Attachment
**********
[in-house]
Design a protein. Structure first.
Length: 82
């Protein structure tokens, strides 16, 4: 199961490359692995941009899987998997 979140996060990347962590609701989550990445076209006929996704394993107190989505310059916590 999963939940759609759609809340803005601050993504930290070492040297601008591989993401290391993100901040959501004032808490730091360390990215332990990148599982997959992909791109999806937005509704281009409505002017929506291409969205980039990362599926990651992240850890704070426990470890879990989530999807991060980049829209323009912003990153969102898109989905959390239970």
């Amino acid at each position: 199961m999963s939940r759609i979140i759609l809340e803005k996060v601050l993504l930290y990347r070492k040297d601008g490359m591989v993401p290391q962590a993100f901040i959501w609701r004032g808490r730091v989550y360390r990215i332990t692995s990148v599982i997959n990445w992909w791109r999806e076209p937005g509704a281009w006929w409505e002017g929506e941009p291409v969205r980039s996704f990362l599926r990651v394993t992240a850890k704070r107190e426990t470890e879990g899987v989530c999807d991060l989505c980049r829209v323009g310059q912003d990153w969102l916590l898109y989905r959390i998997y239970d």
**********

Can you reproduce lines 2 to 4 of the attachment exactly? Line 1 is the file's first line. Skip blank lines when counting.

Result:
Design a protein. Structure first.
Length: 82
């Protein structure tokens, strides 16, 4: 199961490359692995941009899987998997 979140996060990347962590609701989550990445076209006929996704394993107190989505310059916590 999963939940759609759609809340803005601050993504930290070492040297601008591989993401290391993100901040959501004032808490730091360390990215332990990148599982997959992909791109999806937005509704281009409505002017929506291409969205980039990362599926990651992240850890704070426990470890879990989530999807991060980049829209323009912003990153969102898109989905959390239970």